TEPs is a software application for predicting road traffic volume and on-road emissions in urban areas. TEPs uses traffic count data to predict periodic and annual volumes as well as GHG emissions at the level of each individual roadway for different years. Model outputs are automatically validated against observed traffic counts, demonstrating robust model performance.
TEPs can be easily used to quantify the impact of different scenarios on on-road emission in urban areas. TEPs has parallel computing capability.
Senior Research Associate, Transportation and Air Quality research group TRAQ
Manager of Climate Science for Engineering Centre (CSE)
Department of Civil & Mineral Engineering, University of Toronto 35 St. George St. Toronto, Ontario Canada, M5S 1A4 Tel.: 416-978-5417 firstname.lastname@example.org
Dr. Arman Ganji has a background in environmental, air quality and Emission modelling, climate and water resources analysis under uncertainty. He is the main model developer for TEPs whose applications have included regional traffic and emission prediction in urban areas . He also has extensive experience in climate change with a focus on land surface modelling.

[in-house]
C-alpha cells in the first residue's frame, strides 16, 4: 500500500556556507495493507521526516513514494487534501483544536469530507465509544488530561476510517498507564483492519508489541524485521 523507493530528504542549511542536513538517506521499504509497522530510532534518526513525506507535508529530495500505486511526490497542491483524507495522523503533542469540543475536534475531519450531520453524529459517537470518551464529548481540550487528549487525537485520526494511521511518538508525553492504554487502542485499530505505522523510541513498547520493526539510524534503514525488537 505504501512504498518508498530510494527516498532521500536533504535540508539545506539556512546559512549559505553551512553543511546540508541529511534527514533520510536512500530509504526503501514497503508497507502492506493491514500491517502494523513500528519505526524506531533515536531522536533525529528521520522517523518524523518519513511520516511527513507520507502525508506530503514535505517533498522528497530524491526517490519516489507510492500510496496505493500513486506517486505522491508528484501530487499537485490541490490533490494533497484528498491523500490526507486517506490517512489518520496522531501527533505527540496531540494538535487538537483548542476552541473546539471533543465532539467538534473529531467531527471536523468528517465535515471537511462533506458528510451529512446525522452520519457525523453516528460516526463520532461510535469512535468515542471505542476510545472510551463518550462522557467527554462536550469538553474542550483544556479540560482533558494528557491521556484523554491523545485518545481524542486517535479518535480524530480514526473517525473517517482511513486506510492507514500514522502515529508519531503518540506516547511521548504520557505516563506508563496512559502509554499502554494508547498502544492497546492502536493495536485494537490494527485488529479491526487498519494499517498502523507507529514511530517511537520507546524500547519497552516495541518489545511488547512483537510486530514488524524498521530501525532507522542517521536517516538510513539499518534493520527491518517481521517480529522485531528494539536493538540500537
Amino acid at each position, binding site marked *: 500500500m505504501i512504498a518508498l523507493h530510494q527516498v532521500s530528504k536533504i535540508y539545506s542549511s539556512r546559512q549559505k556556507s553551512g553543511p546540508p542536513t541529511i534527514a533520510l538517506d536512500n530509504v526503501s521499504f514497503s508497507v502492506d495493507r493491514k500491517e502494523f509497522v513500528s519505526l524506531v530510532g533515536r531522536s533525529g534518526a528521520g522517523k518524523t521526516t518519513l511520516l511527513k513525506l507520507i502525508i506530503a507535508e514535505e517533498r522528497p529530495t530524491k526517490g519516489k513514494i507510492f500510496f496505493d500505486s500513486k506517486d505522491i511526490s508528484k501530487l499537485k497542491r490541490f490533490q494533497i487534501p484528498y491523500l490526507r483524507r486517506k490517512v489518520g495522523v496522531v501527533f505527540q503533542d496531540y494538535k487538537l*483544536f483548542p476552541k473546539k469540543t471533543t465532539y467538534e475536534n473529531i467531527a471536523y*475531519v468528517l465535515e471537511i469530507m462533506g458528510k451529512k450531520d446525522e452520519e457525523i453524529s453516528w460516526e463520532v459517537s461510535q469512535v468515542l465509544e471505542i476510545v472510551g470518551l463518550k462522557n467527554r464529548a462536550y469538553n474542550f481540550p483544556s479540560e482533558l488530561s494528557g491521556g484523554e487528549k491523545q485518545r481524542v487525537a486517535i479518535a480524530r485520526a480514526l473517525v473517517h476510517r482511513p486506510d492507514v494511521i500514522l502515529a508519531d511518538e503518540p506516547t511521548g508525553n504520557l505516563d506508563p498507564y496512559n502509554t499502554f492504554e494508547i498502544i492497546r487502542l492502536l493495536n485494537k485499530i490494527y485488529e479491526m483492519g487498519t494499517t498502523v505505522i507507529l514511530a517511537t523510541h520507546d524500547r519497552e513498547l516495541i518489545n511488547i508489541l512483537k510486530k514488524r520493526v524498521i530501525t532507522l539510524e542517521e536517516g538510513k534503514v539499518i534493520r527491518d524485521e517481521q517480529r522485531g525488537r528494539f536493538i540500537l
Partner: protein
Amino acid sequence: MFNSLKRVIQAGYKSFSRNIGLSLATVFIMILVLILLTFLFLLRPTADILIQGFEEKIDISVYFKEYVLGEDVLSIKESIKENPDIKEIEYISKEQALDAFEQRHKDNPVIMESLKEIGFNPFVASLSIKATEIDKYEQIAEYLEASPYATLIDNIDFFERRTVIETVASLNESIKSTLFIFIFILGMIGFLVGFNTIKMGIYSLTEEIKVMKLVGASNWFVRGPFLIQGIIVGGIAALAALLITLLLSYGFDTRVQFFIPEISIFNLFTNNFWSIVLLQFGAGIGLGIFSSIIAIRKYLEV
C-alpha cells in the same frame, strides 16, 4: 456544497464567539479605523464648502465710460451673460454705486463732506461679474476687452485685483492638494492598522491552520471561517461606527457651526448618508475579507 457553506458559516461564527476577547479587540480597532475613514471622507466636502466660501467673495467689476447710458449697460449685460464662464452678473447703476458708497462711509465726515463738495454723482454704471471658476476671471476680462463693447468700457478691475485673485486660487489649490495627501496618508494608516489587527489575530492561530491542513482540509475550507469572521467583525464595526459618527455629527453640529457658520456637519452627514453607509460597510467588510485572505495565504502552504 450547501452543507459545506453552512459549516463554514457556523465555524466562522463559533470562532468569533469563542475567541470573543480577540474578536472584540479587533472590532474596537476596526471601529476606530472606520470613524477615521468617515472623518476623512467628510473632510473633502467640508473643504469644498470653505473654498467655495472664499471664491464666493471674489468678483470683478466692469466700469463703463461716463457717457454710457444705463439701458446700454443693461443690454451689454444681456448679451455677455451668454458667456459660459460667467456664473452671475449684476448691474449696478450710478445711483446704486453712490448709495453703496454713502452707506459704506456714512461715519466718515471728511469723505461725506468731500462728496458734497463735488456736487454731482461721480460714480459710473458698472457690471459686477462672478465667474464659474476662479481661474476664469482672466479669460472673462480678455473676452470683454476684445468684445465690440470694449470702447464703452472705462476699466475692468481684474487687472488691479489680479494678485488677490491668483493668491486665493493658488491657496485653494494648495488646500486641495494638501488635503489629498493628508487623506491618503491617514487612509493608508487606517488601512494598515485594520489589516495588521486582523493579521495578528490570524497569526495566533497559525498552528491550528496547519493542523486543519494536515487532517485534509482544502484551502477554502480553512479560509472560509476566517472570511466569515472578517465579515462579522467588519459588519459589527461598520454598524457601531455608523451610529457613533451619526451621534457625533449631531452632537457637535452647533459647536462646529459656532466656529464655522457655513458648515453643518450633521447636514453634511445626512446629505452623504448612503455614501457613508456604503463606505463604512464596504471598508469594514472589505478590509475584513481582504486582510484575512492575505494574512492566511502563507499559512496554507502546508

Department of Civil & Mineral Engineering, University of Toronto 35 St. George St. Toronto, Ontario Canada, M5S 1A4 Tel.: 416-978-0864 email@example.com
Professor Hatzopoulou research area bridges between transportation and environmental analysis; and the main expertise is in modelling of road transport emissions and urban air quality as well as evaluating population exposure to air pollution. She is interested in capturing the interactions between the daily activities and travel patterns of urban dwellers and the generation and dispersion of traffic emissions in urban environments. She leads an active research group focusing on modelling traffic emissions and near-road air quality as well as near-road air pollution monitoring and characterization.
This project was supported by The City of Toronto's Transportation Services Division and Atmospheric Fund
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Updated on Feb 28, 2019